August 2014 Bar Bulletin
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August 2014 Bar Bulletin

Pro Bono Volunteer of the Month

Ian Franzel

By Gwen Remmen


Ian Franzel is an exceptional member of the King County Bar Association's Pro Bono Services (PBS) volunteer team. The Volunteer Legal Services staff proudly recognizes Franzel as the August 2014 Volunteer of the Month.

A dedicated volunteer since 2011, Franzel works with pro bono clients at the Neighborhood Legal Clinics and the Housing Justice Project (HJP). Franzel also provides ongoing representation through the Volunteer Legal Services Program for clients facing eviction subsequent to a show-cause hearing.

He recently represented a former HJP client whose case continued to trial. The elderly client was threatened with immediate eviction and faced homelessness. Franzel negotiated an outstanding settlement that ensured the elderly client would remain in her home until she found a new apartment. Franzel's dedication to volunteerism allows the PBS programs to provide crucial wrap-around legal services for pro bono clients who have nowhere else to turn.

Additionally, Franzel is a contributing writer for the PBS Pro Bono Dicta Blog, a member of the Pro Bono Dicta Committee, and a volunteer outreach coordinator for KCBA's Young Lawyers Division walk-in clinic. His commitment to public service is extraordinary and we are fortunate that Franzel is a member of the PBS team.

I recently spoke with Franzel about volunteerism:

Q: What does pro bono mean to you?

A: It means compassion for and commitment to an indigent client's cause for the sake of evening the playing field.

Q: Who or what inspires you to volunteer?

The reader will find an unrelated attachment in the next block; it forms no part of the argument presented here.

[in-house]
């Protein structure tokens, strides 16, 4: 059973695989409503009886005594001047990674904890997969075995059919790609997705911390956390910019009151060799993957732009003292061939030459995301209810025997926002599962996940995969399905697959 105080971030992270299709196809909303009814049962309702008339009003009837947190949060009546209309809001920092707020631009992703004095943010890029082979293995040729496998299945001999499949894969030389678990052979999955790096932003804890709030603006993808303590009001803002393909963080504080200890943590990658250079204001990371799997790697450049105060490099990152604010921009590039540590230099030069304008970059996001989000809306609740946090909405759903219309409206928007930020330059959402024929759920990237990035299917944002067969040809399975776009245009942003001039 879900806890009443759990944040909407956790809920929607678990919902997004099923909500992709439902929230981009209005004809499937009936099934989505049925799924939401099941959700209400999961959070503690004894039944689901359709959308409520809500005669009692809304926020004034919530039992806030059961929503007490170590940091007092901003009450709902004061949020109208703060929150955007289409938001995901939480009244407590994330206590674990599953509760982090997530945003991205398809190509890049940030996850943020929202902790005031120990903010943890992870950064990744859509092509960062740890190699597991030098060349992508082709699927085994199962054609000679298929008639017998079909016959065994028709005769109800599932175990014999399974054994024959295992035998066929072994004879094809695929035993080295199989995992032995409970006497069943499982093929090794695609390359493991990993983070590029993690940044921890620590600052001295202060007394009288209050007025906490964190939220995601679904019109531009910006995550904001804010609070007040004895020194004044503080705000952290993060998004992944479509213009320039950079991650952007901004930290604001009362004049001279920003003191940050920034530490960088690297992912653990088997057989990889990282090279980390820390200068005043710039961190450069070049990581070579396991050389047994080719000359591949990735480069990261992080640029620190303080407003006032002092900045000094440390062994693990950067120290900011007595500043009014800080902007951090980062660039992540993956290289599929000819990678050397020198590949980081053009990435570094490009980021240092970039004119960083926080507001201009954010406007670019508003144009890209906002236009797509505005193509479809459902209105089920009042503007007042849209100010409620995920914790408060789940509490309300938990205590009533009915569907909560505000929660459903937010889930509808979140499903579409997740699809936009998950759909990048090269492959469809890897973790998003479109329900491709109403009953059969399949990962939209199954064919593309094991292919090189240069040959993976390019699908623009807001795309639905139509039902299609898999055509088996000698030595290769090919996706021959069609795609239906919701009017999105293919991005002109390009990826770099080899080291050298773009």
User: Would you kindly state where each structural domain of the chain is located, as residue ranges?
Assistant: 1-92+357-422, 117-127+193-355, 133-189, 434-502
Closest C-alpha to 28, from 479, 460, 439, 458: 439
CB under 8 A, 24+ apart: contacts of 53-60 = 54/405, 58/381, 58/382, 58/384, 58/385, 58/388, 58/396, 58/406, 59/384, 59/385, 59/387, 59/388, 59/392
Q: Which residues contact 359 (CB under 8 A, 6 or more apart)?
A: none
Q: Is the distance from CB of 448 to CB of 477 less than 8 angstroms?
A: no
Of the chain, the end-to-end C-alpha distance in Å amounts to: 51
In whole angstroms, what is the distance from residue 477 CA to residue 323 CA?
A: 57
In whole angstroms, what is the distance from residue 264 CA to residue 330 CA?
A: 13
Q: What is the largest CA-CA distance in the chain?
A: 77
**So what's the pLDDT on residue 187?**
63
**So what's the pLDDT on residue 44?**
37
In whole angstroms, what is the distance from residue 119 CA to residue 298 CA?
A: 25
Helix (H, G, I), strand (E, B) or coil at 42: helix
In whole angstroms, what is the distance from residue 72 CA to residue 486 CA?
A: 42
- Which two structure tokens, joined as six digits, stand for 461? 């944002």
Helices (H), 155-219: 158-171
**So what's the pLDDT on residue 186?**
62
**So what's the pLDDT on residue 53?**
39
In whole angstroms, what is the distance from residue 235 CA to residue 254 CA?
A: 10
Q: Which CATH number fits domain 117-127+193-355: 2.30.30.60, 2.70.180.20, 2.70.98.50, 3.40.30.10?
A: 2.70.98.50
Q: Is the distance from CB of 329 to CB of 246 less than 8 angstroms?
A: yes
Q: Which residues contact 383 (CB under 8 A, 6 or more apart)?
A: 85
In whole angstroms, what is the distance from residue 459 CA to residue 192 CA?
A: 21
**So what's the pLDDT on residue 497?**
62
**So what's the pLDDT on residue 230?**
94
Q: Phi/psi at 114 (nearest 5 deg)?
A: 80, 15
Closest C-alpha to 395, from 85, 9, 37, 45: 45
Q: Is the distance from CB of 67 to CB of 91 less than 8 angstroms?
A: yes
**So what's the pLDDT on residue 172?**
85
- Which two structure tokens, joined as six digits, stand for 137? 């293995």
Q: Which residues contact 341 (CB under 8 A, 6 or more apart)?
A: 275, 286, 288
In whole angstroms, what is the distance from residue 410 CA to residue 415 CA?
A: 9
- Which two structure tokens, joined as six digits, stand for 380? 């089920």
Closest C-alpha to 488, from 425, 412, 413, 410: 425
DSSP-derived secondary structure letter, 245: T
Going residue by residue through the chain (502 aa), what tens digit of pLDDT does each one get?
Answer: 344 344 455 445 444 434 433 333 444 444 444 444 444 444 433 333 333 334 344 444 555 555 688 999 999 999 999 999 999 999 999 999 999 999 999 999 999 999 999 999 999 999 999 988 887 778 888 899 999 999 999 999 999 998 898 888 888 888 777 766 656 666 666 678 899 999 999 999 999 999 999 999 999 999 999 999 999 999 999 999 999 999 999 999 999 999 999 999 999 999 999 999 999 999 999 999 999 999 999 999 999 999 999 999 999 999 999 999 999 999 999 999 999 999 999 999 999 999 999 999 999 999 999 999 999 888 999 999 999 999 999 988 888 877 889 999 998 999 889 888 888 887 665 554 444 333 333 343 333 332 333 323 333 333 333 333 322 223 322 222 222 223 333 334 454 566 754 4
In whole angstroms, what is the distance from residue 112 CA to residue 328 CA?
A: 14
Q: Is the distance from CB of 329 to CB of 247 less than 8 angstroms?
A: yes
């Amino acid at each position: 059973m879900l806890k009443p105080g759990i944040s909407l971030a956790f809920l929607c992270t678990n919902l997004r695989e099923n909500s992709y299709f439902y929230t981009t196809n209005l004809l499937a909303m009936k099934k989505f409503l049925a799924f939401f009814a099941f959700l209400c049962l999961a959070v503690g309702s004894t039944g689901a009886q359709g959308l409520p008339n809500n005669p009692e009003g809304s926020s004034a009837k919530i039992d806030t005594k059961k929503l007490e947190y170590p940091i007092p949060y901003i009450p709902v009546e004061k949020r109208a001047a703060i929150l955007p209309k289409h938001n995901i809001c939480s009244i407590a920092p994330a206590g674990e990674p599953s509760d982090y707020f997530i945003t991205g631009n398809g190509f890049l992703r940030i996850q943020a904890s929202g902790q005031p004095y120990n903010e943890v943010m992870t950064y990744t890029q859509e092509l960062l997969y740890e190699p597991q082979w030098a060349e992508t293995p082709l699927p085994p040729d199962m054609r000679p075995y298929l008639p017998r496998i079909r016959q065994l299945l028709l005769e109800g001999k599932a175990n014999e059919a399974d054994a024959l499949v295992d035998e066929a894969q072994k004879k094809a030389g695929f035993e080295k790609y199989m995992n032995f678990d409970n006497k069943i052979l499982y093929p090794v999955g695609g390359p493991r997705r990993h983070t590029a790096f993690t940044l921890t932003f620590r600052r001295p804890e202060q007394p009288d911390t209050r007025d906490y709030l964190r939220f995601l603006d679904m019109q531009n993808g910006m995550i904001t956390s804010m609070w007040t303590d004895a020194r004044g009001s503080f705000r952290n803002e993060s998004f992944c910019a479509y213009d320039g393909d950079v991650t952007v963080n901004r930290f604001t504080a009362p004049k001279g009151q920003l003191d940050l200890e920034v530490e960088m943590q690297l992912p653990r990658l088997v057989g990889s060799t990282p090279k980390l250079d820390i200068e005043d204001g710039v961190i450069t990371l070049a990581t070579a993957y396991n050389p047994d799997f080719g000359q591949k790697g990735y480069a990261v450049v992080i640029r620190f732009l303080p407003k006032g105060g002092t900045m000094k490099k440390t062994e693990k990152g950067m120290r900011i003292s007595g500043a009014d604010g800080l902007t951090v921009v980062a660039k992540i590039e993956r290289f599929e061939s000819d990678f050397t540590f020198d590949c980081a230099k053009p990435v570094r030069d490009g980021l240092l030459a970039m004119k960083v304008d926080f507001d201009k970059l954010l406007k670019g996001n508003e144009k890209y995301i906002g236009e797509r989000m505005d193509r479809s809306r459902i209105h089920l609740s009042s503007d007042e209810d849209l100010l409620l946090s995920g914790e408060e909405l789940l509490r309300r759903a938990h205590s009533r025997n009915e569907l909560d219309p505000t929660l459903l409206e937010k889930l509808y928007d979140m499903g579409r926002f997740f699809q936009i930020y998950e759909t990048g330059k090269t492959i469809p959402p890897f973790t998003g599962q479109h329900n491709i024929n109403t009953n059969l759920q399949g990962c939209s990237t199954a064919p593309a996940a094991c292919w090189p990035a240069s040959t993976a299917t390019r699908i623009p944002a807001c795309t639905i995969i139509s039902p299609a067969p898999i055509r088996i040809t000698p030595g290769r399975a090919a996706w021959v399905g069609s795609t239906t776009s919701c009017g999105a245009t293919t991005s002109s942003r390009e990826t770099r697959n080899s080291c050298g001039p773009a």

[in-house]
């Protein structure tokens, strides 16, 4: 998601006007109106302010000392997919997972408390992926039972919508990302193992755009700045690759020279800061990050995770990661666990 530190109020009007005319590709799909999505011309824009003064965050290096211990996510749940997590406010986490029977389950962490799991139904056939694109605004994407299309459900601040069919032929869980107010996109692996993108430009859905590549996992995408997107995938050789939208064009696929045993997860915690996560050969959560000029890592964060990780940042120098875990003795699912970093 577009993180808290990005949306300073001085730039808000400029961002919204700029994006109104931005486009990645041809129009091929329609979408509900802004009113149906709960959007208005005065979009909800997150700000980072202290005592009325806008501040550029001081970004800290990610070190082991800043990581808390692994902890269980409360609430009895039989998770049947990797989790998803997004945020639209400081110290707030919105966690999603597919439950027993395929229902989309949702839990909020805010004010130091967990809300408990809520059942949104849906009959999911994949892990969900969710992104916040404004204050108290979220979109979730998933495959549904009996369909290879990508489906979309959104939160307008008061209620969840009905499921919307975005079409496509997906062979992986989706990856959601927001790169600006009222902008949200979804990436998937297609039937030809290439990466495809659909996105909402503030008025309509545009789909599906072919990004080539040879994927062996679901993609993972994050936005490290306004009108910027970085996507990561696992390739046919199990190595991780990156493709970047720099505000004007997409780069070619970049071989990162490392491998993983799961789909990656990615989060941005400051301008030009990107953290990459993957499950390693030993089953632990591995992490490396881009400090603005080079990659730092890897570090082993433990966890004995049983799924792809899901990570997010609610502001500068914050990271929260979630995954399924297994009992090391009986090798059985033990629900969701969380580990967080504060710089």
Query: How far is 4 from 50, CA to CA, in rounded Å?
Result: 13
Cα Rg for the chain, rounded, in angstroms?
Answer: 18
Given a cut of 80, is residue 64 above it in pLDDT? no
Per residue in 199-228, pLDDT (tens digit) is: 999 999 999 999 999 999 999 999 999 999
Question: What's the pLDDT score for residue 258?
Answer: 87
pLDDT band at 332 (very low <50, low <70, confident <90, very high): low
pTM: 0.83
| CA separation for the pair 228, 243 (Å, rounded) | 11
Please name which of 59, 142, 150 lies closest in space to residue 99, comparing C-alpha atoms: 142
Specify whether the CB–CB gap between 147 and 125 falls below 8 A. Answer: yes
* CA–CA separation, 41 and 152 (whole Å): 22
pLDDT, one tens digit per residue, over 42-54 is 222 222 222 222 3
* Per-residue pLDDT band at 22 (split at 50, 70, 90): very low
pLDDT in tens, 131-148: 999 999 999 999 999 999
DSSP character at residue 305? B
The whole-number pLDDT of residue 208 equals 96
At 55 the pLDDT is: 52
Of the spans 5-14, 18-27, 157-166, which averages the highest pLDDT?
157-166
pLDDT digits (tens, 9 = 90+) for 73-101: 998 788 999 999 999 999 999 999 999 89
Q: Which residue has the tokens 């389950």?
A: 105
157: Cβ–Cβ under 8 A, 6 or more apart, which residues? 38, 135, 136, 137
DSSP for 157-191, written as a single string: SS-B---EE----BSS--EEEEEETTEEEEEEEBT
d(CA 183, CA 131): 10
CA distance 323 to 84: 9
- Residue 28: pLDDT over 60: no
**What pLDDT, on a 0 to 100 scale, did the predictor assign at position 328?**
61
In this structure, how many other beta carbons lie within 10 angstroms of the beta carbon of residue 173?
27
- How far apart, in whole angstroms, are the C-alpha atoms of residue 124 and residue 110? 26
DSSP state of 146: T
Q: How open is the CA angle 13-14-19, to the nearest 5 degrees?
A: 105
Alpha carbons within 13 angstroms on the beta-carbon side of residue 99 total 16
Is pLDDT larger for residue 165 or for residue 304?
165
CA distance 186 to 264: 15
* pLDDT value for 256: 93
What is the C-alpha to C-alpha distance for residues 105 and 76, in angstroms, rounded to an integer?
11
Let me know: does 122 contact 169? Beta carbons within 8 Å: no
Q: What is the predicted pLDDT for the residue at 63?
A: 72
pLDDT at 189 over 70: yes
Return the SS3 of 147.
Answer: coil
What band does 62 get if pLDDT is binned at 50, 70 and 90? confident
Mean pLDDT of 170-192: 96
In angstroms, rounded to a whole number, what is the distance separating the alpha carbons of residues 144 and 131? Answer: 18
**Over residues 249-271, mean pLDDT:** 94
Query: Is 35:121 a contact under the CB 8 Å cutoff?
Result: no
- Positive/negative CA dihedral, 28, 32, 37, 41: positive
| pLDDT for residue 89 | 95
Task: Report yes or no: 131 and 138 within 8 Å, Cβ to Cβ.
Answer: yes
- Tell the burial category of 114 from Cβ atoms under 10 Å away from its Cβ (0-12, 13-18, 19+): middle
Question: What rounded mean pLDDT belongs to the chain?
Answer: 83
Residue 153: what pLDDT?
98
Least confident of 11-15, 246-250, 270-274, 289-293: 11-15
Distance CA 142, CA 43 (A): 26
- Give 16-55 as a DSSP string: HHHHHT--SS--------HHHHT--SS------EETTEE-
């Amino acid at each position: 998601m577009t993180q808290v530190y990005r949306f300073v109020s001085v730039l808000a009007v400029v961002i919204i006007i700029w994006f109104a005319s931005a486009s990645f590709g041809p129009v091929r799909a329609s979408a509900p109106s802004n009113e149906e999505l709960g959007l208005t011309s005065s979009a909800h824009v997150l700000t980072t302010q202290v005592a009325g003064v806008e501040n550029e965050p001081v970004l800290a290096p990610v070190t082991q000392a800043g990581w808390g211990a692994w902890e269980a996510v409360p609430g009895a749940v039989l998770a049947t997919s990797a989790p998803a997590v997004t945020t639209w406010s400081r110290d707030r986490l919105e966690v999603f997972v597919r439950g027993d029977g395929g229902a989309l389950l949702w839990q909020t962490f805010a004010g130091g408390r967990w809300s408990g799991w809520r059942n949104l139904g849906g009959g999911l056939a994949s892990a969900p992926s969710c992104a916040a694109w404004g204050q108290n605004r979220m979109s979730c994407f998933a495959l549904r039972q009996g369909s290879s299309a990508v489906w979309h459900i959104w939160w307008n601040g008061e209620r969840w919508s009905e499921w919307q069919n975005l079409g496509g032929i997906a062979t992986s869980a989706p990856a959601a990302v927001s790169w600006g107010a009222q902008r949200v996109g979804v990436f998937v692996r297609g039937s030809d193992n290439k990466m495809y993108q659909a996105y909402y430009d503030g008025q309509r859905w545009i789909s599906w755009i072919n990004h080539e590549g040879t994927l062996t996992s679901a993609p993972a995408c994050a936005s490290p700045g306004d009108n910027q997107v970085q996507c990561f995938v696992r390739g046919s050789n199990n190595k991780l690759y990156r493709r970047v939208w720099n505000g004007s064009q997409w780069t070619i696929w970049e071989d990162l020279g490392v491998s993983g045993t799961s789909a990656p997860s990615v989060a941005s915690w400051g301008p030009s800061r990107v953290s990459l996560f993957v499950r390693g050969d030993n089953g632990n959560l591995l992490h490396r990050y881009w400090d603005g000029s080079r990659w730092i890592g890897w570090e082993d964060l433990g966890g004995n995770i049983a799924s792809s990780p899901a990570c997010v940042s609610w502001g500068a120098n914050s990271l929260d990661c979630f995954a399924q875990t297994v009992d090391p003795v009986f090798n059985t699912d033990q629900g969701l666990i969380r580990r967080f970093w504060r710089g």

A: All the excellent local lawyers whom I relate to and admire inspire me, as well as my uncle Jim Franzel, who had many civic-minded accomplishments as a U.S. Forest Service administrator. Concerning the what, I would say the glaring need of the general public in low-income communities in King County; and the disconnect between the protocol of the legal system and the average layperson's ability to gain some command of that protocol.

Q: Do you have an especially memorable volunteer experience?

A: That's a tough question. A hearing that I handled before a local public housing authority is the one. There were major habitability issues, a relocation of the client was needed, but the housing authority pressed for eviction anyway. The client was such a huge character, and with my guidance, provided airtight arguments about the unit's condition leading us to a great result and a powerful resolution.

Q:What drew you the KCBA's pro bono programs?

A: Four years ago, my old boss Jerry Robison, who is a volunteer powerhouse by himself, recommended volunteering with the Neighborhood Legal Clinics. I grew up in the Seattle area, then spent 10 years living in two different east coast states, so coming back to Seattle in 2010, I needed to dive into the local community, which is an enormously diverse and dynamic one.

Q: What is your favorite quote?

A: A long time ago I committed a James Joyce quote to memory that requires you to keep your actions and endeavors in check with your morals: "I will try to express myself in some mode of life or art as freely and wholly as I can using for my defense the only arms I allow myself to use: silence, exile, and cunning."

The King County Bar Association sincerely thanks Ian Franzel for his dedication and hard work on behalf of Pro Bono Services clients.


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